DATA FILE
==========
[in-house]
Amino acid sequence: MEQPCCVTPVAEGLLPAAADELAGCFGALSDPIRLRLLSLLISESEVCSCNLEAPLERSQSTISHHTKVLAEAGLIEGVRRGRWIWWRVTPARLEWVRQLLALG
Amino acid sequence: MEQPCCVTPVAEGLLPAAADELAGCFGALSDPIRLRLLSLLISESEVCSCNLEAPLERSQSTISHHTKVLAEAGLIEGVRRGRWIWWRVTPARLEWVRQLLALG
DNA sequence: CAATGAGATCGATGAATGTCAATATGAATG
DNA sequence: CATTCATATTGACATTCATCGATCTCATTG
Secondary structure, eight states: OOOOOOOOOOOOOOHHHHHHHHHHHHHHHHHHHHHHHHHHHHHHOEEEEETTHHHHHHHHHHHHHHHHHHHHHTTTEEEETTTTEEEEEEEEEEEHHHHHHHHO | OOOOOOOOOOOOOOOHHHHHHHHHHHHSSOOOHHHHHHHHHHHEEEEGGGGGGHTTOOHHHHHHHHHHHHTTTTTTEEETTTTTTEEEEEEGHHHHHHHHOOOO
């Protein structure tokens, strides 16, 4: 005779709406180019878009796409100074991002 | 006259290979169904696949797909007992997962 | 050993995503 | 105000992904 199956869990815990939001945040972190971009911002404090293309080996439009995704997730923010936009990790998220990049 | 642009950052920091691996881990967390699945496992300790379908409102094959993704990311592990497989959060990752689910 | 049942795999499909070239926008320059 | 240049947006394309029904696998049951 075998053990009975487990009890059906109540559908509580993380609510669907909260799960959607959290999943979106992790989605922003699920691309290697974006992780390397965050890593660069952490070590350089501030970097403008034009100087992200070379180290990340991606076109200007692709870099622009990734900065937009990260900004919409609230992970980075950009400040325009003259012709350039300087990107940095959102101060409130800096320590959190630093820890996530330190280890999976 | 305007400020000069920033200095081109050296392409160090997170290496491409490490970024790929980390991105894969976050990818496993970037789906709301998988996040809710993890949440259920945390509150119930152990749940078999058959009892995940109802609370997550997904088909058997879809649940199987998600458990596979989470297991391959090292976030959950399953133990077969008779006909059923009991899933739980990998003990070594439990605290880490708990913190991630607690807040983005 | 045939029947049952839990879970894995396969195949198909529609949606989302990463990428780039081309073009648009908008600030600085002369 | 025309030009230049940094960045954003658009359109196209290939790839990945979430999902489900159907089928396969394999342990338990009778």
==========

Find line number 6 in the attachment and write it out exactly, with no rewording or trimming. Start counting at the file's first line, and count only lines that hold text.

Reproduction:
Secondary structure, eight states: OOOOOOOOOOOOOOHHHHHHHHHHHHHHHHHHHHHHHHHHHHHHOEEEEETTHHHHHHHHHHHHHHHHHHHHHTTTEEEETTTTEEEEEEEEEEEHHHHHHHHO | OOOOOOOOOOOOOOOHHHHHHHHHHHHSSOOOHHHHHHHHHHHEEEEGGGGGGHTTOOHHHHHHHHHHHHTTTTTTEEETTTTTTEEEEEEGHHHHHHHHOOOO